On This Day: Andrew Jackson signs the Indian Removal Act into law

On May 28, 1830, President Andrew Jackson signs the Indian Removal Act into law. The bill enabled the federal government to negotiate with southeastern Native American tribes for their ancestral lands in states such as Florida, Georgia, North Carolina and Tennessee. As a result, some 60,000 Native Americans were forced westward into “Indian Territory” (present-day Oklahoma). The mass migration resulted in more than 4,000 deaths and became known as the Trail of Tears.

At the time, Jackson said the removal would “incalculably strengthen the southwestern frontier,” and would enable new states like Alabama and Mississippi to “advance rapidly in population, wealth and power.” By the end of his presidency in 1837, his administration negotiated almost 70 removal treaties that led to the relocation of 50,000 eastern Native Americans to the Indian Territory. Twenty five million acres of land were now freed up for white settlement in the east and as a result used for the expansion of slavery.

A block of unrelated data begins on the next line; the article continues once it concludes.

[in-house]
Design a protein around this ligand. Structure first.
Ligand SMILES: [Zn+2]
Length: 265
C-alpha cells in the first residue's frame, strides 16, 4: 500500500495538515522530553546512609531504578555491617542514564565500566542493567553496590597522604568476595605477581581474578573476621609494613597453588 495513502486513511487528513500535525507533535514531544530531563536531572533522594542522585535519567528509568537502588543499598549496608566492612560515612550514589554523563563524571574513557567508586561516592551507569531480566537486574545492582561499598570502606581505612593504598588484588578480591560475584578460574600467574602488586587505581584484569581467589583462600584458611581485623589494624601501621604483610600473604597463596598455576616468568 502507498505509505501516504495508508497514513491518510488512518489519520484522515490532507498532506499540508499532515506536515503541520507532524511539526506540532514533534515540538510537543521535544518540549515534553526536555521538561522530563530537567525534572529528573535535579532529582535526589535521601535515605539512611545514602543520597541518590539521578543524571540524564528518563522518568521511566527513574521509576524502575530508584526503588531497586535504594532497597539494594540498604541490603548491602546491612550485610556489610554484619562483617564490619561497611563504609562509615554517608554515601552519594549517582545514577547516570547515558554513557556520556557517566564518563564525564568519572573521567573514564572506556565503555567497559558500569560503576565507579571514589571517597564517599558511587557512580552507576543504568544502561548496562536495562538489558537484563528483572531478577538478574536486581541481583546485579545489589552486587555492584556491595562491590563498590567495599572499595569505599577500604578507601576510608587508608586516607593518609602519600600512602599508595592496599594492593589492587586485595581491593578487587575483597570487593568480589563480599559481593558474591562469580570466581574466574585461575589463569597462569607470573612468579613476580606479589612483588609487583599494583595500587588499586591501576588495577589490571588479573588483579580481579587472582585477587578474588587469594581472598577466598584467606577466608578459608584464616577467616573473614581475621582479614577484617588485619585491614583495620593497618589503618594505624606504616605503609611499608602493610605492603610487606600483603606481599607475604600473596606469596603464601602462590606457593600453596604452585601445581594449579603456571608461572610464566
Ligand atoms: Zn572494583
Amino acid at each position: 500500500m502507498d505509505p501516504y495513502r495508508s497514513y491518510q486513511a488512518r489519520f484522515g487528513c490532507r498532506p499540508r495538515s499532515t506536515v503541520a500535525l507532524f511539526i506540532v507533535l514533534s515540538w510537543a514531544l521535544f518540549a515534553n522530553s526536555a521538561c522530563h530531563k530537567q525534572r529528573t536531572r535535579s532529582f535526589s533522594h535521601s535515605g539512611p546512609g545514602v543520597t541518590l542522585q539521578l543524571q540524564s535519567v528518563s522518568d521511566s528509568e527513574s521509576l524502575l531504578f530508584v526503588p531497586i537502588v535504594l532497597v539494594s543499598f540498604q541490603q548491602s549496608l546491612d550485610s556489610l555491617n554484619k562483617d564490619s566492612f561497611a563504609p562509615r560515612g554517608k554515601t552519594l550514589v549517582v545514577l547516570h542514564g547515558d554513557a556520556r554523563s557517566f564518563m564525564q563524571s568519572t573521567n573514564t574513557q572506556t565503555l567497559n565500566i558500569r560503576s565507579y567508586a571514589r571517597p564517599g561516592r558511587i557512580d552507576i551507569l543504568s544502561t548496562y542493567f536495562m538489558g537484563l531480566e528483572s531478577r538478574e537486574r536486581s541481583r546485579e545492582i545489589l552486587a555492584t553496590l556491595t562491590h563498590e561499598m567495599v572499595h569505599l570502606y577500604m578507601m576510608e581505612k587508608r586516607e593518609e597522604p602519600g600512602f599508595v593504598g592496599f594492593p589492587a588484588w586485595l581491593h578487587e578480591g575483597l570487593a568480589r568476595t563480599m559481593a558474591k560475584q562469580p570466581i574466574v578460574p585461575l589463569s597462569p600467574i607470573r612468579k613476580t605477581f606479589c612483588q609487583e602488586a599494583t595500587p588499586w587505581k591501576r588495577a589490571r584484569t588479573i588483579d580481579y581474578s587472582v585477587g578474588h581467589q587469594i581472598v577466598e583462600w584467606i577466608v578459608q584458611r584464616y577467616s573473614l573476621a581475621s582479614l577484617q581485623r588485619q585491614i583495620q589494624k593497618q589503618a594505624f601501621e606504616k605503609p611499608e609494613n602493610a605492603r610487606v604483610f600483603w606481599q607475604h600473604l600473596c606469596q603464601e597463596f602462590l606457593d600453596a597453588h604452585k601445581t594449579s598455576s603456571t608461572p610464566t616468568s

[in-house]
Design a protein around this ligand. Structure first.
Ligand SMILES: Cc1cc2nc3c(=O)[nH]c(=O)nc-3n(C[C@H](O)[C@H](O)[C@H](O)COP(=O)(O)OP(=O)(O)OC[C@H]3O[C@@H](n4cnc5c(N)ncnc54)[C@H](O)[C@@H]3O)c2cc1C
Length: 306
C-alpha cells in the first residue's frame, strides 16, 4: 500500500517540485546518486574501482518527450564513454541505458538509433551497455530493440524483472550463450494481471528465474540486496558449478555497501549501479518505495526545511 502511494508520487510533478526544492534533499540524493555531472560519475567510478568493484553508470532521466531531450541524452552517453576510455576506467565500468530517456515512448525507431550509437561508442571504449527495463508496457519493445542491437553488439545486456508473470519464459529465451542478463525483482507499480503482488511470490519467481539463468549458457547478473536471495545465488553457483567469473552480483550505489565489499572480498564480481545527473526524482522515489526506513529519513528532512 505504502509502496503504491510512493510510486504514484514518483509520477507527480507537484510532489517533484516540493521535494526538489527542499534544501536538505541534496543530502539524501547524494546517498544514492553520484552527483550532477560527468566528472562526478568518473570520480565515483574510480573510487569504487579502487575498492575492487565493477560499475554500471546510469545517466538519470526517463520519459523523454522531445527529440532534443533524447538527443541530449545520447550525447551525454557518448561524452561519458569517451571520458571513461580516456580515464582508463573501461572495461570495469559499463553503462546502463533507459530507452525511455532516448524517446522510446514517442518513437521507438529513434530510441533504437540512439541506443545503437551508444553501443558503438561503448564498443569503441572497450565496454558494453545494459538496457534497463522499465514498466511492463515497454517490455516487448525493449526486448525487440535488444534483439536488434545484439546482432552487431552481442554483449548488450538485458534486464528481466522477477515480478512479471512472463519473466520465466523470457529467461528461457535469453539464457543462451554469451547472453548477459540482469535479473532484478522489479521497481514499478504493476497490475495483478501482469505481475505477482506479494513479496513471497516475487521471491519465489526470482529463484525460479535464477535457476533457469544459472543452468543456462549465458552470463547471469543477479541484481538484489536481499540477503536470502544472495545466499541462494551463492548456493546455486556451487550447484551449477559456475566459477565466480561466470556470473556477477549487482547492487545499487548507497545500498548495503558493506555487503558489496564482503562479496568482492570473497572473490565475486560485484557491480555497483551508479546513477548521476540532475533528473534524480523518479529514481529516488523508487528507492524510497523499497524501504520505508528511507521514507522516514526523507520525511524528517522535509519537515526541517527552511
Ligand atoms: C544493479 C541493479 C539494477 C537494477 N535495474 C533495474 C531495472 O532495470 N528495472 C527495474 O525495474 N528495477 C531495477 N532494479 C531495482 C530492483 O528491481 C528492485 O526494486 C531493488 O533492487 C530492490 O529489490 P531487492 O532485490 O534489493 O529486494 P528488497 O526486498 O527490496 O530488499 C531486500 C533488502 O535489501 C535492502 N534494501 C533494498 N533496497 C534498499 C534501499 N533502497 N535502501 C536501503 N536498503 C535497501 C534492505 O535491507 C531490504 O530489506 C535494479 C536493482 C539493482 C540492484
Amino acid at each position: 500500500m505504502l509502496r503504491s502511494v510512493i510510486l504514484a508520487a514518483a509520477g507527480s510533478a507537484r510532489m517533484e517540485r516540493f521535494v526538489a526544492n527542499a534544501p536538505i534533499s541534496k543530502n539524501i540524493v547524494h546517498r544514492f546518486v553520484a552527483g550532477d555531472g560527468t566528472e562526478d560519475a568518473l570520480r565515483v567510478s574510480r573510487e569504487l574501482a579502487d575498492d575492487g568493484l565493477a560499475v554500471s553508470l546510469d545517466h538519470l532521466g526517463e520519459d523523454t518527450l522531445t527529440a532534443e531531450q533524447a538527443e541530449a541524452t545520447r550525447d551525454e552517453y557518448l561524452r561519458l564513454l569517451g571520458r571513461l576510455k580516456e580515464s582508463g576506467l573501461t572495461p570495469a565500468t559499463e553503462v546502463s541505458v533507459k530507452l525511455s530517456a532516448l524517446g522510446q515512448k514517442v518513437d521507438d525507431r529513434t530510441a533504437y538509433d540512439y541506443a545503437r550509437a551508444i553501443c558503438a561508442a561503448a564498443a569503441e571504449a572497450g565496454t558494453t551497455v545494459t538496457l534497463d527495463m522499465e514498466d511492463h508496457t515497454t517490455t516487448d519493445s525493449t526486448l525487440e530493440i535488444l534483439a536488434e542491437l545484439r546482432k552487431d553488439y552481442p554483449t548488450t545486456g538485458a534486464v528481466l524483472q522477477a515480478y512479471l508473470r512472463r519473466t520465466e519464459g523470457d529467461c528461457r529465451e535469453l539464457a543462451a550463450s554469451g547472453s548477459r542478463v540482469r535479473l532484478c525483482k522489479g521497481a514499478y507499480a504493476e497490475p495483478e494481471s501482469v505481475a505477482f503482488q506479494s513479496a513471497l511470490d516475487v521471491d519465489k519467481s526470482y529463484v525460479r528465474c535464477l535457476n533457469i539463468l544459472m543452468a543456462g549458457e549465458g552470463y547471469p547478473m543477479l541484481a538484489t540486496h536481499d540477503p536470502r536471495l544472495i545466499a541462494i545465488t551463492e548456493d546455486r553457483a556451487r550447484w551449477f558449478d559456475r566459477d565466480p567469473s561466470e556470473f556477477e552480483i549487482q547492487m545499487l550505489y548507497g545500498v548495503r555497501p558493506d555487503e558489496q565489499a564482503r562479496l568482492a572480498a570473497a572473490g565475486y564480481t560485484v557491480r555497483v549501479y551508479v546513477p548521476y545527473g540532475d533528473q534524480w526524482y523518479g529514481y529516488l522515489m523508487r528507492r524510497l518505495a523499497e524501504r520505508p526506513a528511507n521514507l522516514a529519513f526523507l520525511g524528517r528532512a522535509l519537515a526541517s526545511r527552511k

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Grayman Share
Author: Grayman Share

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